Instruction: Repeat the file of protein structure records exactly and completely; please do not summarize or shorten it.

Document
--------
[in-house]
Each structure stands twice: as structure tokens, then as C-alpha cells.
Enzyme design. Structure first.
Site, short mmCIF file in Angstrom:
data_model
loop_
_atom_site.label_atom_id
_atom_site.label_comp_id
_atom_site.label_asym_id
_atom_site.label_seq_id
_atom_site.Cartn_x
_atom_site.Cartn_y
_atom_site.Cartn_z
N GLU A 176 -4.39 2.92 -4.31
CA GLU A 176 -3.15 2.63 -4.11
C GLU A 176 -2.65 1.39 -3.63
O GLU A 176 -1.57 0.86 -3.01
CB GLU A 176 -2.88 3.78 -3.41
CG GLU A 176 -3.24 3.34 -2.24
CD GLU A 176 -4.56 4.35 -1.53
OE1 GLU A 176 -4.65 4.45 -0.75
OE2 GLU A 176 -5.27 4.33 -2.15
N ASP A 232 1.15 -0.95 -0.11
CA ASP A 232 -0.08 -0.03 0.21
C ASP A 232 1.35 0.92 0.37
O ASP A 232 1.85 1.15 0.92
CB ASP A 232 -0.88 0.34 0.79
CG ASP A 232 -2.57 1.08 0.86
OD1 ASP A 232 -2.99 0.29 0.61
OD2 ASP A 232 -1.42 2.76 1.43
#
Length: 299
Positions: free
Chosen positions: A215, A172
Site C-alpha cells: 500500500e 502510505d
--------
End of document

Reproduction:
[in-house]
Each structure stands twice: as structure tokens, then as C-alpha cells.
Enzyme design. Structure first.
Site, short mmCIF file in Angstrom:
data_model
loop_
_atom_site.label_atom_id
_atom_site.label_comp_id
_atom_site.label_asym_id
_atom_site.label_seq_id
_atom_site.Cartn_x
_atom_site.Cartn_y
_atom_site.Cartn_z
N GLU A 176 -4.39 2.92 -4.31
CA GLU A 176 -3.15 2.63 -4.11
C GLU A 176 -2.65 1.39 -3.63
O GLU A 176 -1.57 0.86 -3.01
CB GLU A 176 -2.88 3.78 -3.41
CG GLU A 176 -3.24 3.34 -2.24
CD GLU A 176 -4.56 4.35 -1.53
OE1 GLU A 176 -4.65 4.45 -0.75
OE2 GLU A 176 -5.27 4.33 -2.15
N ASP A 232 1.15 -0.95 -0.11
CA ASP A 232 -0.08 -0.03 0.21
C ASP A 232 1.35 0.92 0.37
O ASP A 232 1.85 1.15 0.92
CB ASP A 232 -0.88 0.34 0.79
CG ASP A 232 -2.57 1.08 0.86
OD1 ASP A 232 -2.99 0.29 0.61
OD2 ASP A 232 -1.42 2.76 1.43
#
Length: 299
Positions: free
Chosen positions: A215, A172
Site C-alpha cells: 500500500e 502510505d